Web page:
According to Byrd, traditional therapy focuses on fluency, which is unrealistic because one’s stutter will never disappear. The Blank Center instead focuses on empowering individuals of all ages to communicate effectively and confidently through a whole-person therapeutic approach.

In the accounts below, three staff members highlight the Blank Center’s work and influence.

Geoffrey Coalson stands in front of images from past camps at the Blank Center. Photo by Leila Saidane


During a speech therapy session as an undergraduate at The University of Texas, Coalson started to push through a moment of stuttering. Instead of trying to change his speech, clinical supervisor Byrd told him to stop and reflect on how he thought and felt at that moment. 

Throughout his years of speech therapy, Coalson had fought his stuttering and had never felt encouraged to embrace it. 

Ten years later, he returned to the Blank Center not as a client, but as the director of research and grant development.

The penalty for stuttering is far too high. By asking children who stutter to hide their stuttering, no matter how well intended, it penalizes that child.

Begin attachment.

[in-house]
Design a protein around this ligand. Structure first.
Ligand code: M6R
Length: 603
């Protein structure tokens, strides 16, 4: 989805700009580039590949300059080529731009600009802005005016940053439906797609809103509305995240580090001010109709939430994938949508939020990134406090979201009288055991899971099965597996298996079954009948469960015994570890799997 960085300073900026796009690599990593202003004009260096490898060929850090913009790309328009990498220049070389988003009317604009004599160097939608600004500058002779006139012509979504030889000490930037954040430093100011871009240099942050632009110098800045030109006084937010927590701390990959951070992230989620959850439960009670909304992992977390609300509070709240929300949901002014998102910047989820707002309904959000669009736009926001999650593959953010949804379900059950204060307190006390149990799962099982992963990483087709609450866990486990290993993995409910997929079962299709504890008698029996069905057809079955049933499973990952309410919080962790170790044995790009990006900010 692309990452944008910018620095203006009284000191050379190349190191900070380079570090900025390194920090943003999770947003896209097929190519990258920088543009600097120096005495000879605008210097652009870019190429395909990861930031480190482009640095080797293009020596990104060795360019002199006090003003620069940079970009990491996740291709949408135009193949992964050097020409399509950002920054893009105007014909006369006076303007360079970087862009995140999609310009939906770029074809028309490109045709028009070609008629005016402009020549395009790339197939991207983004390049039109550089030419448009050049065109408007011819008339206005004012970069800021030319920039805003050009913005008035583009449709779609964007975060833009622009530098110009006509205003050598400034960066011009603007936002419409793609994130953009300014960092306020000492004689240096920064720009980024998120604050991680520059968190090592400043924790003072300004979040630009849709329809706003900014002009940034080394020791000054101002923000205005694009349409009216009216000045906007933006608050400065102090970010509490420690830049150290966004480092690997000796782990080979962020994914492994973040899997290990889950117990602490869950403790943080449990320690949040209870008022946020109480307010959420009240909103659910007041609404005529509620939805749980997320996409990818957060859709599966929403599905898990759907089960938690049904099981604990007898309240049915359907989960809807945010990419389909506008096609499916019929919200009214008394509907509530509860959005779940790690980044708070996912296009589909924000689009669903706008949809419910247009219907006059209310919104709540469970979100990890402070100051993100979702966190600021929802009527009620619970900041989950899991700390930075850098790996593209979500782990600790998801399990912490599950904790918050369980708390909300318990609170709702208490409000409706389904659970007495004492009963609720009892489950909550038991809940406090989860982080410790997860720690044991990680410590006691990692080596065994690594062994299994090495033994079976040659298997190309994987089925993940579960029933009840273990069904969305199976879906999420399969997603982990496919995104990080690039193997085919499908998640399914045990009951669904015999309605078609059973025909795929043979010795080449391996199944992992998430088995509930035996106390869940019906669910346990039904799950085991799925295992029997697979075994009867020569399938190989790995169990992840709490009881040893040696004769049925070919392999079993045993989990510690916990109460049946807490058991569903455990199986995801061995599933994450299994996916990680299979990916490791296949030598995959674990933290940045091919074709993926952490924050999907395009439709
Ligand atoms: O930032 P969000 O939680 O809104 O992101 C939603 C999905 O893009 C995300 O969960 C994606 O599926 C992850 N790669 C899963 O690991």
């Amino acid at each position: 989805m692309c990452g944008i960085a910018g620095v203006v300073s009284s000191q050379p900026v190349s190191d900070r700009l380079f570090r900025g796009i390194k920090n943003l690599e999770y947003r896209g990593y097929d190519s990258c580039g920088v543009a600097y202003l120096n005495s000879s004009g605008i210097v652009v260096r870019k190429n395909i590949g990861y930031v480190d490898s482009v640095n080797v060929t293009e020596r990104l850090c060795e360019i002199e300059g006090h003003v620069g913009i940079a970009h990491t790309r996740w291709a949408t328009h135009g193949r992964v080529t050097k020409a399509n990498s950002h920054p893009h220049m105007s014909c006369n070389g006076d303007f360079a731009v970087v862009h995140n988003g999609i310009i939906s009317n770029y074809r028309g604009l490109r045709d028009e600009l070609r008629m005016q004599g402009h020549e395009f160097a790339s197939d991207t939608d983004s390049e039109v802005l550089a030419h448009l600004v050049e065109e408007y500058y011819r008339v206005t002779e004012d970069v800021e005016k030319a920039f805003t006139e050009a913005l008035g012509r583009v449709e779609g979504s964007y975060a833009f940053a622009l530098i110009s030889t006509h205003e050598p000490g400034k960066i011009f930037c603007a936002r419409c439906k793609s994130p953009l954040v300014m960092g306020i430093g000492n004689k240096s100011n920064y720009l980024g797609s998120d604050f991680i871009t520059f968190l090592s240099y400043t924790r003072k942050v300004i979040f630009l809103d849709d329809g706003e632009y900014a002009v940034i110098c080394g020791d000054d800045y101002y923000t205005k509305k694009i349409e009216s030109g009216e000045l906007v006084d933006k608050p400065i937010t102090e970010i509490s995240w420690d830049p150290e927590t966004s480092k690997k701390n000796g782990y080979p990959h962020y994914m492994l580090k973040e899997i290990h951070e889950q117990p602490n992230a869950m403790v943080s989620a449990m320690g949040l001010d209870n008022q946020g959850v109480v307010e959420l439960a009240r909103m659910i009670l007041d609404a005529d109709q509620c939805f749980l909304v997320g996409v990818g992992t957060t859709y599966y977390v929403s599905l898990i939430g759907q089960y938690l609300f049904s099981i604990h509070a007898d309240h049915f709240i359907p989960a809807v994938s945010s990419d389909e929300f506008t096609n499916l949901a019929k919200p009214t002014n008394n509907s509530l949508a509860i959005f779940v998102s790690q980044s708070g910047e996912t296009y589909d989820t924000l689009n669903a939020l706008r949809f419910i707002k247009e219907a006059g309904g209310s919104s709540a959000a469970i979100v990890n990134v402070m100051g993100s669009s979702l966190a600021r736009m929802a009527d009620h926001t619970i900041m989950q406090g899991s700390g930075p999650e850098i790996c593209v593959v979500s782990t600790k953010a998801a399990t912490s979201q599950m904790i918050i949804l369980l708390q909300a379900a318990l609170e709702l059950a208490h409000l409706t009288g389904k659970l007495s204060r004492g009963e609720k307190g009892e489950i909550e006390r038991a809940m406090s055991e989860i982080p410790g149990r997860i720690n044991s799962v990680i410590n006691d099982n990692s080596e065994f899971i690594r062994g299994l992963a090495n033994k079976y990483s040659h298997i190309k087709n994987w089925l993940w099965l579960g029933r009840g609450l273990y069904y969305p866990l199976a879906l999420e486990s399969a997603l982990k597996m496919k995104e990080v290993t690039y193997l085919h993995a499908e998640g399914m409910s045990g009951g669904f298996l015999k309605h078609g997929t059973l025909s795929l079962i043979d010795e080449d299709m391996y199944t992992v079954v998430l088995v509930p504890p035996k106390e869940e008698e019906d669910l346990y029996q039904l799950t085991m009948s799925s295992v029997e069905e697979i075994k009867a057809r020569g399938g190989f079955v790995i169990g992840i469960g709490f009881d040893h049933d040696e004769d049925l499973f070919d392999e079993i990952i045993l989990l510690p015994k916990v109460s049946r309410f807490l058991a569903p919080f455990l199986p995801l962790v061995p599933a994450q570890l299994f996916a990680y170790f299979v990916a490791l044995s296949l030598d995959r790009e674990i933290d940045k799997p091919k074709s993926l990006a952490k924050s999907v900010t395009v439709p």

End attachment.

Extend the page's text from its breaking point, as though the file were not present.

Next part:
Geoffrey Coalson

Coalson says that speech-language pathology is an evidence-based field and that although stuttering is one of the oldest diagnoses, it is the least popularly treated disorder. His research examines the effectiveness of new treatment options that pivot away from fluency to ensure the right outcomes for those who stutter.

 “We don’t try to suppress or eliminate stuttering,” he says. “We test communication competence as viewed by the person who’s speaking to see if it’s making a difference on their overall quality of life. That’s where the research is lacking.”

The Blank Center was active for seven years under various names. Coalson says that researchers possess a wealth of clinical data and that he hopes the findings will show the short- and long-term effects of treatment.

The goal is to publish the data and invite outside engagement beyond investment. For example, to propel the program forward, benefactors could facilitate progress for policies at the education and insurance levels in the U.S.